Afghan Refugees’ Cultural Impact on Pakistan
World Refugee Day was observed on the 20th of June across Pakistan, and the globe, to remind the world that everyone can contribute to society and every action counts in the effort to create a fair, inclusive, and equal world.
According to the latest report by the UNHCR (UN High Commissioner for Refugees), Pakistan was ranked as the 4th largest refugee host country in the world, hosting refugees for over four decades, mostly comprising Afghan refugees from the Soviet-Afghan War era.
The Afghan refugees in Pakistan currently stand at 1.5 million, mostly scattered across the urban and semi-urban areas of KPK, and in Karachi. There were once more than 4 million Afghan refugees in Pakistan, but most have returned to Afghanistan via the repatriation efforts by both the governments.
Keeping the negativity aside, the Afghan refugees have created a long-lasting impact on the Pakistani society and culture, specifically in KPK.
Iqra Khan, a Peshawar local, says she has recently arranged an Afghani frock for attending marriages and functions. She explains that most Afghans are Pakhtuns, and many of their cultural practices match with Pakistani Pakhtuns. She appreciates that the Afghani frock is now used by women all over the city.
Likewise, Professor Zafar Khan from the Sociology Department of the University of Peshawar says that Pakistani women like Afghan dresses and men also like Afghani Shalwar Qamis. He says that the use of Afghani cuisine like Afghani Pulao, Qahwa, and Pati Teeki is widespread in Pakistan.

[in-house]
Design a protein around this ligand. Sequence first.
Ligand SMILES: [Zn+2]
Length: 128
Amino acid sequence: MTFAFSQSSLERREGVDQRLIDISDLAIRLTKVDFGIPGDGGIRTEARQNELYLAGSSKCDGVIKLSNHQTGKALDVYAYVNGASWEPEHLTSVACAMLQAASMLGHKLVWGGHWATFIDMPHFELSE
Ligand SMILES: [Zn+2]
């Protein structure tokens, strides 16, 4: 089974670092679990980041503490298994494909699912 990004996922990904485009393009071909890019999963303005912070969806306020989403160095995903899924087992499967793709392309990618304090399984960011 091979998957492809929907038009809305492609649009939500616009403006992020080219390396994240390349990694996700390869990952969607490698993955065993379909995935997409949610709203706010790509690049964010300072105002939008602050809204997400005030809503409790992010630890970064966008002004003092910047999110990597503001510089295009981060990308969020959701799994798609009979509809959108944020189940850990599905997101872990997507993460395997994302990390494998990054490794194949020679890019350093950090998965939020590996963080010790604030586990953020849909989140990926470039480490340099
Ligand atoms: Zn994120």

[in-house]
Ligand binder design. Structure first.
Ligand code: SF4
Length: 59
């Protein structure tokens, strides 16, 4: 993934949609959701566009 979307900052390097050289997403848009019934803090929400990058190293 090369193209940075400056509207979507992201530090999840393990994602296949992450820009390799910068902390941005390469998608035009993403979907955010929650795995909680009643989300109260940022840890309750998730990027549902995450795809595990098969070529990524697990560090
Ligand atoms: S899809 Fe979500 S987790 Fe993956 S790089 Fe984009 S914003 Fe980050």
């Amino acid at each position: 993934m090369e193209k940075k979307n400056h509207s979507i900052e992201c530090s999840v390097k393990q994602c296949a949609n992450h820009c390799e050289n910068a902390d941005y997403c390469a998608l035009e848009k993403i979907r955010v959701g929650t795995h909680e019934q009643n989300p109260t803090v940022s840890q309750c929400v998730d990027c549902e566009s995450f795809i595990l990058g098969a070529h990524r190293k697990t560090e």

He also says that several Afghan Pashto words have entered into the local jargon of Peshawer.
‘My Afghan parents are buried in Pakistan’
Muhammad Saleem, a refugee who lives Peshawar, says that he works and owns a house in Peshawar, while his parents are also buried there, He further adds that he would never want to go back to Afghanistan.
Saleem says he is having a good time in Pakistan, and he has developed a lot of friendships. He laments that nothing is left for him in Afghanistan, and he doesn’t want to go there.
Many Afghans in Peshawer have similar feelings to those of Saleem. Most of them are second to third-generation refugees, who have never even once been to Afghanistan. For them, home is Pakistan, as the home is always where the heart is.